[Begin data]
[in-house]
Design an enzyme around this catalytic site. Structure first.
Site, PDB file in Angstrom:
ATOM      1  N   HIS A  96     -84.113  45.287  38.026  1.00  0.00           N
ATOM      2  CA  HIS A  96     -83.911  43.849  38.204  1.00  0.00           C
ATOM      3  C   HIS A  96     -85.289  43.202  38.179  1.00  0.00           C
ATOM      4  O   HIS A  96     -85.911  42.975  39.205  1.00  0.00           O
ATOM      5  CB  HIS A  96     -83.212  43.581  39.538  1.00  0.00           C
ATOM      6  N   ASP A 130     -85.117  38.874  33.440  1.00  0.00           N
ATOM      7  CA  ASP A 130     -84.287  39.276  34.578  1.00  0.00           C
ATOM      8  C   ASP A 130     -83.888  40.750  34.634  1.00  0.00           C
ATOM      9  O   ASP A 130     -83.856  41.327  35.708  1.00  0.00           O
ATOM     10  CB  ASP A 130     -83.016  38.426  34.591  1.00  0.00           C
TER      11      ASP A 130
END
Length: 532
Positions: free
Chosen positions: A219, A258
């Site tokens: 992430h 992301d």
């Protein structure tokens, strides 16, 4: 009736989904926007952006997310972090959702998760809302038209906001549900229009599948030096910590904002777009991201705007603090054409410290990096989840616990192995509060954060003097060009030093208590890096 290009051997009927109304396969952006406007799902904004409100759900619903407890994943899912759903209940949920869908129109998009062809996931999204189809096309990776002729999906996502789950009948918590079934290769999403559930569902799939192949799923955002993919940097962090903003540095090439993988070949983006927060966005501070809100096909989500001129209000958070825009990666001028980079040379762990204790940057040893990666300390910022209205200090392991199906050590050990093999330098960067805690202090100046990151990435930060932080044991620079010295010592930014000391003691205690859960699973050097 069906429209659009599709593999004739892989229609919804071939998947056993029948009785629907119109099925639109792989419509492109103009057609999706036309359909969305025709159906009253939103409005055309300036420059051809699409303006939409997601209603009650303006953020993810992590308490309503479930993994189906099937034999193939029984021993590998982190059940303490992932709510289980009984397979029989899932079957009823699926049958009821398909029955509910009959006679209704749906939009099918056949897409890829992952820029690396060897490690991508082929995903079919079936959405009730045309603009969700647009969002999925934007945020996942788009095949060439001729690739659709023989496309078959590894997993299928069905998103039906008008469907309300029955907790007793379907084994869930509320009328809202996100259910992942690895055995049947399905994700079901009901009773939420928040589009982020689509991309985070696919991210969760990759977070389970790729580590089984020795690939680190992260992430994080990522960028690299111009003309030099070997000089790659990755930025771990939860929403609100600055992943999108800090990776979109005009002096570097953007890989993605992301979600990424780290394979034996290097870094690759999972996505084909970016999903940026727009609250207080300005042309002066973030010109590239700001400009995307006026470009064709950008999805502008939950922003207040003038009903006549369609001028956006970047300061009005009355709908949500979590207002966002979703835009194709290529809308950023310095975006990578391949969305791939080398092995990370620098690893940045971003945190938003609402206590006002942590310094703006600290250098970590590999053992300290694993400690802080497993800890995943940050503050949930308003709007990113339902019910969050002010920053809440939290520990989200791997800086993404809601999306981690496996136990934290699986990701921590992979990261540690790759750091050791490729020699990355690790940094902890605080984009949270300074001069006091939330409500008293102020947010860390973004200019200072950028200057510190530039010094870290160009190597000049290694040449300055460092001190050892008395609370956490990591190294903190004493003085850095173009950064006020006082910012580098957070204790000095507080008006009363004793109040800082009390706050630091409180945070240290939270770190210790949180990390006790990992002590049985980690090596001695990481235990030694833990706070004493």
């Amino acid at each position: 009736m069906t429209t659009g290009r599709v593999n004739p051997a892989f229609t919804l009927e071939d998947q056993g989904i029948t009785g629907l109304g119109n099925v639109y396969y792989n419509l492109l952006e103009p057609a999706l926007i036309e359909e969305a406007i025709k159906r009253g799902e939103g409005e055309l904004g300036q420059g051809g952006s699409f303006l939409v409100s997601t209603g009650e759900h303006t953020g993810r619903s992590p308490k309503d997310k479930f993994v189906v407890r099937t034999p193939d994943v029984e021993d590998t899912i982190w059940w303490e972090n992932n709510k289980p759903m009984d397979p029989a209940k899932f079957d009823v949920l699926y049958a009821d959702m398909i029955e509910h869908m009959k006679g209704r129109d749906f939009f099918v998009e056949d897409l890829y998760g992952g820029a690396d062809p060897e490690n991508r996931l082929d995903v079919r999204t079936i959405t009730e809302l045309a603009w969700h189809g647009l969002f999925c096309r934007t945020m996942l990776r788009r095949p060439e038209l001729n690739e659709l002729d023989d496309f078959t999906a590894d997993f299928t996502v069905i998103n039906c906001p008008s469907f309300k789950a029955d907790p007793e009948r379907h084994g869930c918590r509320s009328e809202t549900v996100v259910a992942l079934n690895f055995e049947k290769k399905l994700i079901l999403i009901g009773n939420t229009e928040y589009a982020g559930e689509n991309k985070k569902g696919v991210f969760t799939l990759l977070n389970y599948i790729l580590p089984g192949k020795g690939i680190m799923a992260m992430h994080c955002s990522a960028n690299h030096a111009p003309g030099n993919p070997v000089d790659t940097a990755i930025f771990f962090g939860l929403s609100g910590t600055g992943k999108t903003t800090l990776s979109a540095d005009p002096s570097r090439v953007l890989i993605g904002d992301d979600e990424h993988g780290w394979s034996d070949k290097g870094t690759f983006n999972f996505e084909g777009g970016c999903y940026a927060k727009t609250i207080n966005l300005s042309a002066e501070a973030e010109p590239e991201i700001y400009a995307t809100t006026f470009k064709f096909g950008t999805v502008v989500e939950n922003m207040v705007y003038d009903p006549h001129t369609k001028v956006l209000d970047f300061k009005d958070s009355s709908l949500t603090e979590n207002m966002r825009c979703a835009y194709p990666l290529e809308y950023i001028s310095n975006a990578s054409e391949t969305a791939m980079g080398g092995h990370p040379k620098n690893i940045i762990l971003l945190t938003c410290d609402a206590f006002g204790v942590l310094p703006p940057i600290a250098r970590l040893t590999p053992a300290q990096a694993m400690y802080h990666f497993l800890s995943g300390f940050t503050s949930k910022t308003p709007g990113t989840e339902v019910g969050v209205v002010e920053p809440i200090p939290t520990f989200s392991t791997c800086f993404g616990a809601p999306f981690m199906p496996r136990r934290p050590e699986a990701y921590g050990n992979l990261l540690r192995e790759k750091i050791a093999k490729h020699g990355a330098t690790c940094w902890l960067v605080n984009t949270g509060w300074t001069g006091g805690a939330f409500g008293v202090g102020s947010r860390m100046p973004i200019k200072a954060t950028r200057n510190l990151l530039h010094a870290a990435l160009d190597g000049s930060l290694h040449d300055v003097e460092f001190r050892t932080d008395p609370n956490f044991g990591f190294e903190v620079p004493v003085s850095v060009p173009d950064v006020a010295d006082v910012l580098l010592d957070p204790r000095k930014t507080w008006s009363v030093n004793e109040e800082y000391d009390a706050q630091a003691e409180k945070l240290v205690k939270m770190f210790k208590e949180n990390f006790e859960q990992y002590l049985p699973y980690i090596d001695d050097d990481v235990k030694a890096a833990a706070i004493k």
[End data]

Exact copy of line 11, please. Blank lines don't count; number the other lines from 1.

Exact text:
ATOM      8  C   ASP A 130     -83.888  40.750  34.634  1.00  0.00           C